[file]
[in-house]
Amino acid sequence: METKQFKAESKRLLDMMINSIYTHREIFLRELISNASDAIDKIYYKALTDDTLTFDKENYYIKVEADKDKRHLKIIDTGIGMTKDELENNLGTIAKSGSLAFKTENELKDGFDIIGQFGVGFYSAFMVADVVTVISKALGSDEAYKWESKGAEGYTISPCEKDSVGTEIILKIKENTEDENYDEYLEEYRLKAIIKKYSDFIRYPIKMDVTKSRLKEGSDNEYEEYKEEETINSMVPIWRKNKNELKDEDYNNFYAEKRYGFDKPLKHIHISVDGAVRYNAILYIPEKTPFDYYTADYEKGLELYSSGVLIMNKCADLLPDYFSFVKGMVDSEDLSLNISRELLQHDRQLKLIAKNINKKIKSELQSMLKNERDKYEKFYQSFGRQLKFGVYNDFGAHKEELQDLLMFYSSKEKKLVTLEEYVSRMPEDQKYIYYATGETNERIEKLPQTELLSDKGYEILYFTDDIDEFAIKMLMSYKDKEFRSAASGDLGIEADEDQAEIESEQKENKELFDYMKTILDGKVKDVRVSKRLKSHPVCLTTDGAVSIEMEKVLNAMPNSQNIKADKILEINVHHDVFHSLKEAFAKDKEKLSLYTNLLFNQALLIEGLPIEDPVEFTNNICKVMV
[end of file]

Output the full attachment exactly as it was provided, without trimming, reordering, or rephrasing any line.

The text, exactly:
[in-house]
Amino acid sequence: METKQFKAESKRLLDMMINSIYTHREIFLRELISNASDAIDKIYYKALTDDTLTFDKENYYIKVEADKDKRHLKIIDTGIGMTKDELENNLGTIAKSGSLAFKTENELKDGFDIIGQFGVGFYSAFMVADVVTVISKALGSDEAYKWESKGAEGYTISPCEKDSVGTEIILKIKENTEDENYDEYLEEYRLKAIIKKYSDFIRYPIKMDVTKSRLKEGSDNEYEEYKEEETINSMVPIWRKNKNELKDEDYNNFYAEKRYGFDKPLKHIHISVDGAVRYNAILYIPEKTPFDYYTADYEKGLELYSSGVLIMNKCADLLPDYFSFVKGMVDSEDLSLNISRELLQHDRQLKLIAKNINKKIKSELQSMLKNERDKYEKFYQSFGRQLKFGVYNDFGAHKEELQDLLMFYSSKEKKLVTLEEYVSRMPEDQKYIYYATGETNERIEKLPQTELLSDKGYEILYFTDDIDEFAIKMLMSYKDKEFRSAASGDLGIEADEDQAEIESEQKENKELFDYMKTILDGKVKDVRVSKRLKSHPVCLTTDGAVSIEMEKVLNAMPNSQNIKADKILEINVHHDVFHSLKEAFAKDKEKLSLYTNLLFNQALLIEGLPIEDPVEFTNNICKVMV